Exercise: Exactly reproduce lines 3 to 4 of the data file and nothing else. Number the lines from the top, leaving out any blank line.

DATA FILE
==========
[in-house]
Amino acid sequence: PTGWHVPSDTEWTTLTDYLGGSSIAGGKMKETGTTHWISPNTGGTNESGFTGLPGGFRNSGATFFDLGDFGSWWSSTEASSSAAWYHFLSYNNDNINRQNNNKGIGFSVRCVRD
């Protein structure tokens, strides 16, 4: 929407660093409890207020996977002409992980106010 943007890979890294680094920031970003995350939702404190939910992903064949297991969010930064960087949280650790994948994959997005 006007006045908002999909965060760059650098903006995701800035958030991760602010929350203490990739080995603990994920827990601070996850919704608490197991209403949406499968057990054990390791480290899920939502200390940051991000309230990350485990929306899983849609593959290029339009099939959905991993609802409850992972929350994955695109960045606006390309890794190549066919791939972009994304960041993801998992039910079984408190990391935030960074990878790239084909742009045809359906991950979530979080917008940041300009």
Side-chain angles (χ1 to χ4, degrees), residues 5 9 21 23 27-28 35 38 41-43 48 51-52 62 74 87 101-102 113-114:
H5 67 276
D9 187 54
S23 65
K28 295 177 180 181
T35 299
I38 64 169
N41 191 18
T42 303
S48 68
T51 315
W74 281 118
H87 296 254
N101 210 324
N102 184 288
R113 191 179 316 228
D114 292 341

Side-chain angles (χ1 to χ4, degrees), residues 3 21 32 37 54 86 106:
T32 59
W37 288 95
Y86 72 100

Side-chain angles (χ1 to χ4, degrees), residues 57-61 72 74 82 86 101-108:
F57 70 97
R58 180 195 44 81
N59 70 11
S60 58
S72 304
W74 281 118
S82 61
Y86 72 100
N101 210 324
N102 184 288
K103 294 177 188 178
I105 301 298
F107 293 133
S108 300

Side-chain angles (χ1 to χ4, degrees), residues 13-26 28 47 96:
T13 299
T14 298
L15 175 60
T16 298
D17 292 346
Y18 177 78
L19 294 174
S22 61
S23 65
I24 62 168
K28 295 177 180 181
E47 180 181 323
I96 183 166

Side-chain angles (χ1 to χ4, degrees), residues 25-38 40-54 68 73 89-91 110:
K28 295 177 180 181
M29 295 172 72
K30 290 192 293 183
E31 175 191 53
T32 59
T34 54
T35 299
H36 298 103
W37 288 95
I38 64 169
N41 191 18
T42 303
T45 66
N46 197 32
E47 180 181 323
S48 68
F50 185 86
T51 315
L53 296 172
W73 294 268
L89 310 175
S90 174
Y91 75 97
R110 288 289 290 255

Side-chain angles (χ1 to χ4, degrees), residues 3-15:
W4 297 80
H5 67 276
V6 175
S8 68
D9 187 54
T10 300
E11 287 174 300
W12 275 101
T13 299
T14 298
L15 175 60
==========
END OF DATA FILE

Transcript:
């Protein structure tokens, strides 16, 4: 929407660093409890207020996977002409992980106010 943007890979890294680094920031970003995350939702404190939910992903064949297991969010930064960087949280650790994948994959997005 006007006045908002999909965060760059650098903006995701800035958030991760602010929350203490990739080995603990994920827990601070996850919704608490197991209403949406499968057990054990390791480290899920939502200390940051991000309230990350485990929306899983849609593959290029339009099939959905991993609802409850992972929350994955695109960045606006390309890794190549066919791939972009994304960041993801998992039910079984408190990391935030960074990878790239084909742009045809359906991950979530979080917008940041300009």
Side-chain angles (χ1 to χ4, degrees), residues 5 9 21 23 27-28 35 38 41-43 48 51-52 62 74 87 101-102 113-114: